Mr. Bush this week accused Iran of arming, financing and training what he called “illegal militant groups.” He said that Iran had a choice, and hinted that the United States would try to sow distrust between the governments of Iran and Iraq, if Iran did not stop backing the attacks.

“If Iran makes the right choice, America will encourage a peaceful relationship between Iran and Iraq,” he said Thursday. “If Iran makes the wrong choice, America will act to protect our interests and our troops and our Iraqi partners.”

Mr. Gates, speaking to reporters at the Pentagon, said that Iraqi officials were starting to pay heed. “They have had what I would call a growing understanding of that negative Iranian role, but I think what they encountered in Basra was a real eye-opener for them.”

Adm. Mike Mullen, chairman of the Joint Chiefs of Staff, echoed the assessment that Basra offered evidence to counter statements that Iran was decreasing its efforts in Iraq. “As far as I’m concerned, this action in Basra was very convincing that indeed they haven’t,” the admiral said.

In addition, Gen. David H. Petraeus, the top commander in Iraq, told reporters on Friday that while the Iraqi police and army troops had established security through most of Basra, “several significant neighborhoods are not under control of the Iraqi security forces.” Combating the Shiite militias in those enclaves of Basra, Iraq’s second-largest city, will be “a months-long operation,” he said.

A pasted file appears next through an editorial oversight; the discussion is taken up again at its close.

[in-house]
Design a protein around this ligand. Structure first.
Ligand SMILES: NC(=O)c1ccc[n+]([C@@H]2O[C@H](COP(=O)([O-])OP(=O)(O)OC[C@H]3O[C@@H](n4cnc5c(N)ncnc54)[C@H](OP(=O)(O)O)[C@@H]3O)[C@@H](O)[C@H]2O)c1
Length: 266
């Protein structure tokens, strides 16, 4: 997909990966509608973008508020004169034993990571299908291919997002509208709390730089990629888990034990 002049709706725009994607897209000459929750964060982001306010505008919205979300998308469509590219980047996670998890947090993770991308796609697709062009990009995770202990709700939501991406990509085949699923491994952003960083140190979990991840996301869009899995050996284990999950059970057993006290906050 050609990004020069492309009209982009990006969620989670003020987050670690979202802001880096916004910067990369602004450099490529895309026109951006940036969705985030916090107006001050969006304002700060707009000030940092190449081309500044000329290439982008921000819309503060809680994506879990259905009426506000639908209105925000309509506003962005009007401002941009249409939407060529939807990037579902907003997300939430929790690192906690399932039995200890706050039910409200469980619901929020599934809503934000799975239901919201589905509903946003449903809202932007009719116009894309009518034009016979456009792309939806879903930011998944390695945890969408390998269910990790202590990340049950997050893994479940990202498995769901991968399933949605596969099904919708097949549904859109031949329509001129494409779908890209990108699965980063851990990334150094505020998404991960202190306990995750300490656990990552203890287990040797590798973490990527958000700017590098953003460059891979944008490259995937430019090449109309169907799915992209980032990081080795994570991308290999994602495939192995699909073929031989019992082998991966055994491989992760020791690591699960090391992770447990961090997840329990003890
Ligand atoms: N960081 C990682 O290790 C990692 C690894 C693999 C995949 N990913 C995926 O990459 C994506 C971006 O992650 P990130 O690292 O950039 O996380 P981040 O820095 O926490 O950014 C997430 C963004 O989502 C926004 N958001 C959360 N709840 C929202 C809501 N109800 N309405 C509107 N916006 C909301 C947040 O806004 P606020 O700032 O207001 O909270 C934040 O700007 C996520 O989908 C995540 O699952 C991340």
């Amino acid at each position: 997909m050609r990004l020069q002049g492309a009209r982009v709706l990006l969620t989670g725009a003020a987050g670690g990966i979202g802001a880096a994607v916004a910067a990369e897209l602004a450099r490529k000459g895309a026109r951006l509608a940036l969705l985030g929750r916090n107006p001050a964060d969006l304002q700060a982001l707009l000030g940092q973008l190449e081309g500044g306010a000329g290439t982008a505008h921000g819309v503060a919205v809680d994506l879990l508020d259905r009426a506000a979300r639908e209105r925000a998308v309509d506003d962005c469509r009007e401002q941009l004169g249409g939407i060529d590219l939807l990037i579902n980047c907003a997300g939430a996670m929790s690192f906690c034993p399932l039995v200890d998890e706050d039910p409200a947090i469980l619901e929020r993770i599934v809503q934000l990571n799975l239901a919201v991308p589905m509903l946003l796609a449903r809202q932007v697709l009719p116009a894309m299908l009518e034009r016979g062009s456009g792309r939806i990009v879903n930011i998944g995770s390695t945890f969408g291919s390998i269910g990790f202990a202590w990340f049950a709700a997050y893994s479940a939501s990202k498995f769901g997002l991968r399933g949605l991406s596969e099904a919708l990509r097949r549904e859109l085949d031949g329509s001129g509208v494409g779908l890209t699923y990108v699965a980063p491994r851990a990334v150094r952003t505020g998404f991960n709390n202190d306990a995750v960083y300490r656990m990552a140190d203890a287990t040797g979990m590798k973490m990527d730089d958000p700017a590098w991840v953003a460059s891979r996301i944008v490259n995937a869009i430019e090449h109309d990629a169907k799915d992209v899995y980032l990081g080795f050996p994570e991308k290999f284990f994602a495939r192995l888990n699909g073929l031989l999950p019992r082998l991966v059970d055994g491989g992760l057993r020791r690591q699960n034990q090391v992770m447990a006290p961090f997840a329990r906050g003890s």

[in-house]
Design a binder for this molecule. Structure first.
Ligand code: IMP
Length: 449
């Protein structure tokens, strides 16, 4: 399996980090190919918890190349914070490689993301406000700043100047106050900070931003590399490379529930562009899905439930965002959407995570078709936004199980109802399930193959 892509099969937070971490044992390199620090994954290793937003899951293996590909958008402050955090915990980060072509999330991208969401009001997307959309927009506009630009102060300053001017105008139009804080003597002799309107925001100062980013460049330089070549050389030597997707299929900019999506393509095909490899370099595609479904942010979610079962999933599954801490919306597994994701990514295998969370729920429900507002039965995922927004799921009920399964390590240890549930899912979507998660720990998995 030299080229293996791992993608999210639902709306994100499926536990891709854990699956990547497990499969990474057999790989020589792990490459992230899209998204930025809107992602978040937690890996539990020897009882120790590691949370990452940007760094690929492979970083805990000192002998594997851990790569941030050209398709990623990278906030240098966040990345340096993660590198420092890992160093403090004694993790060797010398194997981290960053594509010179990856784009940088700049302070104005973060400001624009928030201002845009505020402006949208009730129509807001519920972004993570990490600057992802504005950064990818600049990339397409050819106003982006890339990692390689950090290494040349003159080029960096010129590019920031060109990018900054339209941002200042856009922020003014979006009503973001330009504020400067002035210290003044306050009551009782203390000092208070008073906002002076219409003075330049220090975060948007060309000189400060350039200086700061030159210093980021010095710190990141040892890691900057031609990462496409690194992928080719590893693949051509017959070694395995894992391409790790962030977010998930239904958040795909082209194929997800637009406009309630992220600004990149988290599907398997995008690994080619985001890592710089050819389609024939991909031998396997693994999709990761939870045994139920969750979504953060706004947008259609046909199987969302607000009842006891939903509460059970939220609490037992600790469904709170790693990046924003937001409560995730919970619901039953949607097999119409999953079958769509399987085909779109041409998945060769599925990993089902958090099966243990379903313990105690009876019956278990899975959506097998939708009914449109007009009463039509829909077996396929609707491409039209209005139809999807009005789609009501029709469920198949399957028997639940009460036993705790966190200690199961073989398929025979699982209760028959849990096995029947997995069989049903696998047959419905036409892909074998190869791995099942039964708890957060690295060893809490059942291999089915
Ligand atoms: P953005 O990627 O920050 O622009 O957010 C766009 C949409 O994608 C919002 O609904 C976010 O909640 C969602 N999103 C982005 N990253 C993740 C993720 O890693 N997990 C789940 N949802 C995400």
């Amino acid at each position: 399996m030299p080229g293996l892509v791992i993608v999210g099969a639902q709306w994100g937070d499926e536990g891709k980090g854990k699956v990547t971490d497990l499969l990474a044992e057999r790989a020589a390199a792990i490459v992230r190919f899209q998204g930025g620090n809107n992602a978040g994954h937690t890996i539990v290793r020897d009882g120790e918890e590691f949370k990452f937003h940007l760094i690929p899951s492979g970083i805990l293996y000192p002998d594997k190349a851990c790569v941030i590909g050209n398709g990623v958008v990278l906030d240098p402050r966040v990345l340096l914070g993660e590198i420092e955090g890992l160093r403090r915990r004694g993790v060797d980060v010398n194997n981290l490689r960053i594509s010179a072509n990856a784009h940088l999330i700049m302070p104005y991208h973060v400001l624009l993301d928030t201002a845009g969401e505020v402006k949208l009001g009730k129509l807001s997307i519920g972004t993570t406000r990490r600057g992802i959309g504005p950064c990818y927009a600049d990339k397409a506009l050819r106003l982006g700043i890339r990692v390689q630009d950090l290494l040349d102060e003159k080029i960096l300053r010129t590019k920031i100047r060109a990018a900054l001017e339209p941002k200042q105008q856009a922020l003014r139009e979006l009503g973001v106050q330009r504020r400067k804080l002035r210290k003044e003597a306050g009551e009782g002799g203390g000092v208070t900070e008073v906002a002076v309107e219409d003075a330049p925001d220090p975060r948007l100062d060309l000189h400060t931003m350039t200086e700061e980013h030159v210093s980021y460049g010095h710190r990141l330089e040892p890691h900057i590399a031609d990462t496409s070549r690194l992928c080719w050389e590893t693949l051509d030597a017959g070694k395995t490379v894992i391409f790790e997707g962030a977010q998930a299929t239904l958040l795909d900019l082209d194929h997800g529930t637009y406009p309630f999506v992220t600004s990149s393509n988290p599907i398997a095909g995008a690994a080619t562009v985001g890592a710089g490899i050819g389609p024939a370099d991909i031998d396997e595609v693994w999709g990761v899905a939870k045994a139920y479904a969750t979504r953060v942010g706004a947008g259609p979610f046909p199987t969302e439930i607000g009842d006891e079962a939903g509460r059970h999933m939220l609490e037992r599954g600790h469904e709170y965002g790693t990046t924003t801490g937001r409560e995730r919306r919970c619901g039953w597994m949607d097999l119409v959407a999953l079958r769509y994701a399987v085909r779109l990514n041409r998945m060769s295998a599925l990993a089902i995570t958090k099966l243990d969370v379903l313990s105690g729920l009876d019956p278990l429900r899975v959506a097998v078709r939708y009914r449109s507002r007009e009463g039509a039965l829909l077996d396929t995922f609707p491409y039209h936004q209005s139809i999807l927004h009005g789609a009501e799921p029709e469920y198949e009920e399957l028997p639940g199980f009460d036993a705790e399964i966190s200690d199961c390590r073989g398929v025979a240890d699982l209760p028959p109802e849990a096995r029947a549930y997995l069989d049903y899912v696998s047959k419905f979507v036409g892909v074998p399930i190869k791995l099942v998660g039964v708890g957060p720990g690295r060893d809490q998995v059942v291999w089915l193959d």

Iran remains one of the Bush administration’s stickiest foreign policy issues, and Washington is battling Iran on multiple fronts, as administration officials struggle to find a carrot-and-stick approach for influencing Iranian behavior. Secretary of State Condoleezza Rice said Friday that the United States would consider new incentives or sanctions as part of its battle to get Iran to rein in its nuclear ambitions.

She said she did not anticipate a new push just yet, but said that “we will always continue to consider refreshing both tracks,” referring to the administration’s two-track approach of sanctions if Iran continues to enrich uranium and incentives if it stops.

Russia and China have been urging major powers to sweeten the incentives package, but thus far the United States has balked.

During the interview, Mr. Crocker accused Iran of meddling in Afghanistan, Lebanon and Gaza, in addition to Iraq. He also faulted Iraq’s Arab neighbors for refusing to help, noting that a promised Saudi Arabian Embassy had yet to materialize.

“The Arabs are basically missing in action,” Mr. Crocker said. He said that while Saudi Arabia had helped in American attempts to rein in the flow of foreign fighters into Iraq, Sunni governments in the Middle East needed to establish more of a diplomatic presence in Iraq, which Bush officials believe would further legitimize the American-backed Iraqi government.

“It’s one of those things that have been in process for a long time,” Mr. Crocker said of the promised Saudi Embassy. “They’ve sent a delegation to scout out property. But somehow it never quite gets done.”

Thom Shanker and Eric Schmitt contributed reporting.